For generations, Harvard psychology students were treated to a jaw-dropping classroom experiment. With the aplomb of a magician, Professor S.S. "Smitty" Stevens (1906-1973) would darken the room and reveal a white disk. Then Stevens turned a spotlight on the disk. Instantly, it turned black. Unless you're seen it, the sense of logic turned upside is hard to convey. Perhaps Chico Marx said it best: "Who you gonna believe, me or your own eyes?"
The secret was marvelously simple. The "white" disk was actually gray. Stevens made sure it was the brightest thing in a dark room, and that made it look white. Then Stevens illuminated a ring of (truly) white paper around the gray disk. The white paper was so more reflective that it made the gray look black by contrast.
As Stevens put it in his textbook, Psychophysics, "black is white with a bright ring around it." The Orwellian tone of that must have been intentional. In Orwell's 1984, Big Brother convinces everyone that war is peace, freedom is slavery, and black is white. Stevens managed the same feat (with lighting rather than a cage of rats). His point was that human perception is sensitive to contrasts, not absolute values. Subjectively, it's all relative. (This too is a chilling talking point of Big Brother's minions.)
I write about Stevens (shown above, in his Harvard lab) in my new book, Priceless: The Myth of Fair Value (And How to Take Advantage of It). Stevens' studies of perception were an important precedent for behavioral decision theory and the marketing based on it. It turns out that contrasts rule with economic judgments as well as sensory ones. A BMW 3-series may seem expensive until you compare it to a 7-series. Then the 3-series looks, well, reasonably priced. Such contrast effects are a foundation of contemporary marketing. Like it or not, they allow marketers to push our buttons as effectively as Stevens did—to convince us that expensive is cheap, consumption is thrift, and luxury is necessity.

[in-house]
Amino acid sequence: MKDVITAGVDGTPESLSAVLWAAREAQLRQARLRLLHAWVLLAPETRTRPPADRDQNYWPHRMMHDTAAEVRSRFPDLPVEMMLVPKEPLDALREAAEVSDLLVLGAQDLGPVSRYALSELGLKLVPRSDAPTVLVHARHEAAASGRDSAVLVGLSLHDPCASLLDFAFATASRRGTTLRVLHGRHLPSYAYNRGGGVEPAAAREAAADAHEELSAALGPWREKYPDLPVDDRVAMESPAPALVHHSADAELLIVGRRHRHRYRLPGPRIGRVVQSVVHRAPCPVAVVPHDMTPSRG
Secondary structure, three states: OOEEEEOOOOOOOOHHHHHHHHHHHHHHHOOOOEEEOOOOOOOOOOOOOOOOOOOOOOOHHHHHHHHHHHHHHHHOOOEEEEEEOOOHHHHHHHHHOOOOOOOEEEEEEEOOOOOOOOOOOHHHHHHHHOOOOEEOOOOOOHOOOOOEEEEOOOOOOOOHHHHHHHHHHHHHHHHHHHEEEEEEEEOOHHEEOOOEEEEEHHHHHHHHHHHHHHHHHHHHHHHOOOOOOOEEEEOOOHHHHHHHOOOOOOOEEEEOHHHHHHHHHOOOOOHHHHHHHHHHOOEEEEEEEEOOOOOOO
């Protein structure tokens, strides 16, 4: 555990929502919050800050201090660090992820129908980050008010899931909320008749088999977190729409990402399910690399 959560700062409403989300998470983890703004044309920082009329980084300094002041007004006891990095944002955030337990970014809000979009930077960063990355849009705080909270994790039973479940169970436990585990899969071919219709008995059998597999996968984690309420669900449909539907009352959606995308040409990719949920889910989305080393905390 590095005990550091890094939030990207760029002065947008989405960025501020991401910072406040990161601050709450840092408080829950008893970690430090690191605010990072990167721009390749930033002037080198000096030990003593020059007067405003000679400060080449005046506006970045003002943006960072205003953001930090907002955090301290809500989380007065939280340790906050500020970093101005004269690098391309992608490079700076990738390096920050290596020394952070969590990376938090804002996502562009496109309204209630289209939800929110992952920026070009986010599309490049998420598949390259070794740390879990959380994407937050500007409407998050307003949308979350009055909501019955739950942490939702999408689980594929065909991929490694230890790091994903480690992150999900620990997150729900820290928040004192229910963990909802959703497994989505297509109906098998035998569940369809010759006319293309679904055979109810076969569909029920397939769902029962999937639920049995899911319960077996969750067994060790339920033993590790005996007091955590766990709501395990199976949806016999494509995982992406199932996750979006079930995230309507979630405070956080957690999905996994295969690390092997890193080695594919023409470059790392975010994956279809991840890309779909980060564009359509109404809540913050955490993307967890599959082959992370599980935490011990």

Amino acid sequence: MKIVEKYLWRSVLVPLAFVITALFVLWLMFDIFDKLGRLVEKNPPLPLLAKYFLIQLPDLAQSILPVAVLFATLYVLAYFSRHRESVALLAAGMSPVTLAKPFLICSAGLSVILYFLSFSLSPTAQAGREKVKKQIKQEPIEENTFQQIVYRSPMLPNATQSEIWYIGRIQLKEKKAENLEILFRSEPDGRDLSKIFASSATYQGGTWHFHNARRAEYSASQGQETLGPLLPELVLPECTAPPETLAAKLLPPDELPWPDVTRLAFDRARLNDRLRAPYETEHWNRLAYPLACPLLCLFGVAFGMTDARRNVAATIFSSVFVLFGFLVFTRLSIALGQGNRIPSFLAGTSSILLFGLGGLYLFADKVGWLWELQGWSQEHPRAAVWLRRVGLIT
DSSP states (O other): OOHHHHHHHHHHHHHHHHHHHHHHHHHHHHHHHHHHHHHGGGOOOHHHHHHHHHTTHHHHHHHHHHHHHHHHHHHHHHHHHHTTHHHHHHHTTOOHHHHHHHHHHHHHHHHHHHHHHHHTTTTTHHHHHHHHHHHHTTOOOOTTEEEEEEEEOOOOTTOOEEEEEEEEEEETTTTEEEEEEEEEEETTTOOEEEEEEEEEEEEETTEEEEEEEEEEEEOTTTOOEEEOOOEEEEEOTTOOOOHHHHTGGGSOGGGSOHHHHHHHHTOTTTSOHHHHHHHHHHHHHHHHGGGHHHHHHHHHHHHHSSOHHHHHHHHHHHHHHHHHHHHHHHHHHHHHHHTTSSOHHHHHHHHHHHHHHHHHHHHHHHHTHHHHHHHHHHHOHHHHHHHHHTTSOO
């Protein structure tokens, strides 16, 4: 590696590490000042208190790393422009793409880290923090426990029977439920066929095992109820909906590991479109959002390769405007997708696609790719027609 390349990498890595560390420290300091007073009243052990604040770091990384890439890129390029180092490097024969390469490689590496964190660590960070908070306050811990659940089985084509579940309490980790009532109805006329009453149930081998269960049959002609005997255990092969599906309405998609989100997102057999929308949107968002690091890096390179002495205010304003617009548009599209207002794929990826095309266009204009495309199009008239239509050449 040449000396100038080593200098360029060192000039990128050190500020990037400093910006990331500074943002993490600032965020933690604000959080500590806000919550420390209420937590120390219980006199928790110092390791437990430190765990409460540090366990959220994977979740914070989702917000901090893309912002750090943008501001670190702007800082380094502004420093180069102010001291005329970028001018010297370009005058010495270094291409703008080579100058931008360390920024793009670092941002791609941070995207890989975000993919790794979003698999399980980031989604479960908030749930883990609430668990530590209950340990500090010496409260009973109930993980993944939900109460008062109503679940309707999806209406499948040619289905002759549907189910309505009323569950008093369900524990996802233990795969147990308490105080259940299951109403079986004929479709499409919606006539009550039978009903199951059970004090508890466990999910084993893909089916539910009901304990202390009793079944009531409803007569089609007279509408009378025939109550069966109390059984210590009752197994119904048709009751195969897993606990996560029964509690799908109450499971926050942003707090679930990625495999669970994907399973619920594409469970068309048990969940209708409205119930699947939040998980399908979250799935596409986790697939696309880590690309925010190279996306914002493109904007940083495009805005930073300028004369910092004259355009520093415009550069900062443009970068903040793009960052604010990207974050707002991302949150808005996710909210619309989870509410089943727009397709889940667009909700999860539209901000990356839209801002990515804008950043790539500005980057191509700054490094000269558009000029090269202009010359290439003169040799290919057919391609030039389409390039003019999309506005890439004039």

Because Stevens' experiment was so influential, I wanted to find a way to illustrate it within the pages of my book. Obviously, I can't control the lighting of a printed page (though that might be possible with next generation Kindle?). I found the next best thing, an amusing perceptual illusion that works nicely on the page. But this past weekend, I came across a strikingly exact counterpart of Stevens' experiment. It's art, not science, specifically a 1966 work, Multiplication Electronique III, by the Argentinian artist Gregorio Vardanega. It's currently at the Museum of Latin American Art, Long Beach, Calif. (through Jan. 24) and is owned by the Cisneros Fontanals Art Foundation, Miami.
The visual trick works perfectly even on my cell phone photos. At the top of this post is a typical shot of Vardanega's ever-changing work. You see a four-by-four wooden grid of squares, something like the cardboard grids holding holiday ornaments. Each square cubicle is partitioned (via a 5-by-5 grid) into three concentric smaller squares. Light bulbs switch on and off, illuminating different squares and sub-squares. This produces a sequence of scintillating black-and-white abstractions.
Periodically, all the light bulbs switch off at once. You see the work "in its true light"—that is, in the normal gallery lighting that's been there all along. The whole thing is painted white. The blackness was all in your head.
Stevens' message is that this is not a mere "optical illusion." This is how we all experience the world. It applies to pleasures, pains, and prices—joys and griefs and discounts—and everything.